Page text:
I am deeply saddened tonight to learn of the death of a mentor, friend, and co-author, Charles ‘Chuck’ Watson of Indiana University who died in September. Chuck was a diamond of a man, smart as a whip, funny, and a straight talker on the most difficult of subjects. His death makes the world a lesser place because he always practiced what he preached — do good work and make the world better.
I met Chuck 30 years ago, almost to the day. I had completed my PhD in Loughborough and was contemplating a post-doc at IU in a specially formed Institute for the Study of Human Capabilities that he directed. As luck would have it, he was on sabbatical at Cambridge that semester and drove up to interview me. In all honesty, the interview really consisted of several gin and tonics in the railway hotel across from my office while we chatted about various topics before he uttered a number, out of the blue. This, it turned out, was the salary I would receive and I was to think about it and let him know.
Of course, I took the offer (after a little bargaining) and found myself a couple of months later in a freezing Bloomington, living in a pint-sized apartment near the football stadium, trying to navigate life in the US. I planned to come for an academic year, but I ended up becoming a citizen. I worked with Chuck, among others, on a series of projects related to individual differences which resulted in a well-cited paper we published in the International Journal of Human-Computer Studies. Chuck would visit my office regularly to discuss ideas, and we would explore widely, but I also learned that while he enjoyed the topics and the ideas we exchanged, he also was quite keen that I keep a supply of Marlboro cigarettes which he could smoke during our conversations and the inevitable strolls that led us to the Runcible Spoon if it was morning, or better yet, Nick’s Bar if it was a little later.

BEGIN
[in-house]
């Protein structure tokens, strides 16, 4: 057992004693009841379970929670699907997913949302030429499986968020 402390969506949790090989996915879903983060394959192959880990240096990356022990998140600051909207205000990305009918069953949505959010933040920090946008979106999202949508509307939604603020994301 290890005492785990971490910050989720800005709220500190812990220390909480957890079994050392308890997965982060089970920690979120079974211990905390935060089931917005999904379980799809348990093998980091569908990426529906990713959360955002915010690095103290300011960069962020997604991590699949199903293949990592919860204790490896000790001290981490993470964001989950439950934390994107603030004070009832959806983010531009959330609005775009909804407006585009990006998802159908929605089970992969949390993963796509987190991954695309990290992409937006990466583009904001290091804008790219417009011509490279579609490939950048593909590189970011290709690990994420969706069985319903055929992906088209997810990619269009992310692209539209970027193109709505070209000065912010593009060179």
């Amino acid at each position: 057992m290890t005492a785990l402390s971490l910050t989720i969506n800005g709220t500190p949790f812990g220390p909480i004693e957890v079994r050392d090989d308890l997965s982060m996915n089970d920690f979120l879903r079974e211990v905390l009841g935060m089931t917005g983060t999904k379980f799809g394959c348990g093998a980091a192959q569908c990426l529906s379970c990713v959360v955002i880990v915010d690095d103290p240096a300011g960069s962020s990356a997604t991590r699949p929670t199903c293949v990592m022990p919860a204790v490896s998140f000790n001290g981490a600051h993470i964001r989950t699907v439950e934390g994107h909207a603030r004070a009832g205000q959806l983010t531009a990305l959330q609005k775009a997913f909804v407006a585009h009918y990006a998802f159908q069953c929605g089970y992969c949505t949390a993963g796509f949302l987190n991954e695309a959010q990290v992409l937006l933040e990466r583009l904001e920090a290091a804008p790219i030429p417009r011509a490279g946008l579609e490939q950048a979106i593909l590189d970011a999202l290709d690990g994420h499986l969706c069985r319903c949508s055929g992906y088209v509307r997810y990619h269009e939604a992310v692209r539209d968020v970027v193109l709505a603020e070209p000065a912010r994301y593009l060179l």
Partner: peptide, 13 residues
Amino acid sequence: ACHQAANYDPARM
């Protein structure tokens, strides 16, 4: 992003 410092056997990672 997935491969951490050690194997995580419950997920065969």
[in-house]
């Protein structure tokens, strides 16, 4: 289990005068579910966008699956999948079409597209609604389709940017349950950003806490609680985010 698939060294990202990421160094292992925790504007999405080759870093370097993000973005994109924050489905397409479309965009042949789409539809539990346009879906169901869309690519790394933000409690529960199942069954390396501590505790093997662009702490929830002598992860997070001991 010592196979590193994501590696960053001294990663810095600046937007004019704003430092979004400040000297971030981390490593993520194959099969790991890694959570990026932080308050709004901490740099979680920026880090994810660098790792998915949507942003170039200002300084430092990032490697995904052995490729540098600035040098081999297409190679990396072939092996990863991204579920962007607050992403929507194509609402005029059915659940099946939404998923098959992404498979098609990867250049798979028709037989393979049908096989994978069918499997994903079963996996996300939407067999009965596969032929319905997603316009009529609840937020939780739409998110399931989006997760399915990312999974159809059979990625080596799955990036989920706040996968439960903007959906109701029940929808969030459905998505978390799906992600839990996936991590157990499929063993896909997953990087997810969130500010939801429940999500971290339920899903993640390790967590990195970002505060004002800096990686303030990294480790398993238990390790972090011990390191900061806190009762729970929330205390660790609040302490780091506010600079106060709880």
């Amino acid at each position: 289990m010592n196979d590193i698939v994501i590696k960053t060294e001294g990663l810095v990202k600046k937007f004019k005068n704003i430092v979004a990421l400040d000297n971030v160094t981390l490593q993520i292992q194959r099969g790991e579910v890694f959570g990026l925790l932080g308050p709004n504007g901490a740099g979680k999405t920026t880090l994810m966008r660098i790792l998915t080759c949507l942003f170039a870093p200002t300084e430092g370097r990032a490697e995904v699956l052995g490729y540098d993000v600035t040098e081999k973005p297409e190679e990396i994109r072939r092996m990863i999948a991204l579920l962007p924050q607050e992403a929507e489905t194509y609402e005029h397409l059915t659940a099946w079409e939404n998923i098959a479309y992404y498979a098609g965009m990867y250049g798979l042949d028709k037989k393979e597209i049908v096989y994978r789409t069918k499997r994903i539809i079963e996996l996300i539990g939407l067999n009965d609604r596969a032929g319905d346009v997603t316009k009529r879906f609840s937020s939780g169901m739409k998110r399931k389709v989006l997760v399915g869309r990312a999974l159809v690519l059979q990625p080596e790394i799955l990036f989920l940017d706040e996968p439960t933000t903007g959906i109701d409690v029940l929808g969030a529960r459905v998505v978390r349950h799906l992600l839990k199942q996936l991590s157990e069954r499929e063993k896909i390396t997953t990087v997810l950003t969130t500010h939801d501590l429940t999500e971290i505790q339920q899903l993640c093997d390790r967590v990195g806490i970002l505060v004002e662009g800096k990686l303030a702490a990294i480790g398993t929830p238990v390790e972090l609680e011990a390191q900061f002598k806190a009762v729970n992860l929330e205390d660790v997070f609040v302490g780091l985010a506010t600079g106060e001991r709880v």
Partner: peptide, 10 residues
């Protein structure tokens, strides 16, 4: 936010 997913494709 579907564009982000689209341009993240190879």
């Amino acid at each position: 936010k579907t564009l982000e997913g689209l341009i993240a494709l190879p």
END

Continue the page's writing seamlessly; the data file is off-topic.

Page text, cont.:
Time passes and sometimes connections are not maintained as we would wish until it is too late. Tonight I mourn Chuck, but I think of the good times, the humor, and the moments that make a life. Chuck lived his fully, and I will honor his memory by doing the best I can to follow his advice: work hard at what you love and make the world a better place. To Chuck, thank you.